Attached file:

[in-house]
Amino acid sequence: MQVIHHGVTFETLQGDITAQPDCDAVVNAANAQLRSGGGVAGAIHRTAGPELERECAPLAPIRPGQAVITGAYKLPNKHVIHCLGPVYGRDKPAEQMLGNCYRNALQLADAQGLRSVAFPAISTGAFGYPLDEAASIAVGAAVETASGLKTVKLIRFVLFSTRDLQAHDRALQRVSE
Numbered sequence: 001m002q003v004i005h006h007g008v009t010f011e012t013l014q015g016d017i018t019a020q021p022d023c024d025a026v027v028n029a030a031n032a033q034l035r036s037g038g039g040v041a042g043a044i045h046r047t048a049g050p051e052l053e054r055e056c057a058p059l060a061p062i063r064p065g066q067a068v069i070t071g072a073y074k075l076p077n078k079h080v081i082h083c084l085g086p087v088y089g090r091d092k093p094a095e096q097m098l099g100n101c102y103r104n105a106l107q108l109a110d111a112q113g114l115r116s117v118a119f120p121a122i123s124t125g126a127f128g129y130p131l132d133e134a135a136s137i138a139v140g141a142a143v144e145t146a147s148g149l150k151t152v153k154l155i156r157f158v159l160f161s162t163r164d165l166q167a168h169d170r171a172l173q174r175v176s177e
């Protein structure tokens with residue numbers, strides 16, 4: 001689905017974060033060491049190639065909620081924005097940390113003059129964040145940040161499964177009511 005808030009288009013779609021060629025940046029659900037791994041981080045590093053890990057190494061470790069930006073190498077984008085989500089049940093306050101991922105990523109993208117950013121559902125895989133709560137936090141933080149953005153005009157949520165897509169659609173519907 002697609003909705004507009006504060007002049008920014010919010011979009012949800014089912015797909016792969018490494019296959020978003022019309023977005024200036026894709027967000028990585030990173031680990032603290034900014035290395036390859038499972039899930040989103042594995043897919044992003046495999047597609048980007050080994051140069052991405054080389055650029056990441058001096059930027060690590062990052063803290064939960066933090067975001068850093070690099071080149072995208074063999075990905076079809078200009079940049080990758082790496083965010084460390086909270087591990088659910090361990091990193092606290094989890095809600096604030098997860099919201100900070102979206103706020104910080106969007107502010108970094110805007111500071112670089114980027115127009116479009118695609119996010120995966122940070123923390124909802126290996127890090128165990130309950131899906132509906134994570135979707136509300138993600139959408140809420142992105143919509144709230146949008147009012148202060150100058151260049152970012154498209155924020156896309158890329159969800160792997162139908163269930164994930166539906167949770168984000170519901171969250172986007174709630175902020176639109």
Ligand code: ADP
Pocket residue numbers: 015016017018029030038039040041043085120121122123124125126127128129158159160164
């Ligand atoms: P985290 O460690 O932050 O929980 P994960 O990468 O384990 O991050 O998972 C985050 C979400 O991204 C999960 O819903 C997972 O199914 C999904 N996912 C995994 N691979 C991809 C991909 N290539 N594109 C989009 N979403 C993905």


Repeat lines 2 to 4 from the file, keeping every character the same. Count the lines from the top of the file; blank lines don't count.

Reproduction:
Amino acid sequence: MQVIHHGVTFETLQGDITAQPDCDAVVNAANAQLRSGGGVAGAIHRTAGPELERECAPLAPIRPGQAVITGAYKLPNKHVIHCLGPVYGRDKPAEQMLGNCYRNALQLADAQGLRSVAFPAISTGAFGYPLDEAASIAVGAAVETASGLKTVKLIRFVLFSTRDLQAHDRALQRVSE
Numbered sequence: 001m002q003v004i005h006h007g008v009t010f011e012t013l014q015g016d017i018t019a020q021p022d023c024d025a026v027v028n029a030a031n032a033q034l035r036s037g038g039g040v041a042g043a044i045h046r047t048a049g050p051e052l053e054r055e056c057a058p059l060a061p062i063r064p065g066q067a068v069i070t071g072a073y074k075l076p077n078k079h080v081i082h083c084l085g086p087v088y089g090r091d092k093p094a095e096q097m098l099g100n101c102y103r104n105a106l107q108l109a110d111a112q113g114l115r116s117v118a119f120p121a122i123s124t125g126a127f128g129y130p131l132d133e134a135a136s137i138a139v140g141a142a143v144e145t146a147s148g149l150k151t152v153k154l155i156r157f158v159l160f161s162t163r164d165l166q167a168h169d170r171a172l173q174r175v176s177e
């Protein structure tokens with residue numbers, strides 16, 4: 001689905017974060033060491049190639065909620081924005097940390113003059129964040145940040161499964177009511 005808030009288009013779609021060629025940046029659900037791994041981080045590093053890990057190494061470790069930006073190498077984008085989500089049940093306050101991922105990523109993208117950013121559902125895989133709560137936090141933080149953005153005009157949520165897509169659609173519907 002697609003909705004507009006504060007002049008920014010919010011979009012949800014089912015797909016792969018490494019296959020978003022019309023977005024200036026894709027967000028990585030990173031680990032603290034900014035290395036390859038499972039899930040989103042594995043897919044992003046495999047597609048980007050080994051140069052991405054080389055650029056990441058001096059930027060690590062990052063803290064939960066933090067975001068850093070690099071080149072995208074063999075990905076079809078200009079940049080990758082790496083965010084460390086909270087591990088659910090361990091990193092606290094989890095809600096604030098997860099919201100900070102979206103706020104910080106969007107502010108970094110805007111500071112670089114980027115127009116479009118695609119996010120995966122940070123923390124909802126290996127890090128165990130309950131899906132509906134994570135979707136509300138993600139959408140809420142992105143919509144709230146949008147009012148202060150100058151260049152970012154498209155924020156896309158890329159969800160792997162139908163269930164994930166539906167949770168984000170519901171969250172986007174709630175902020176639109």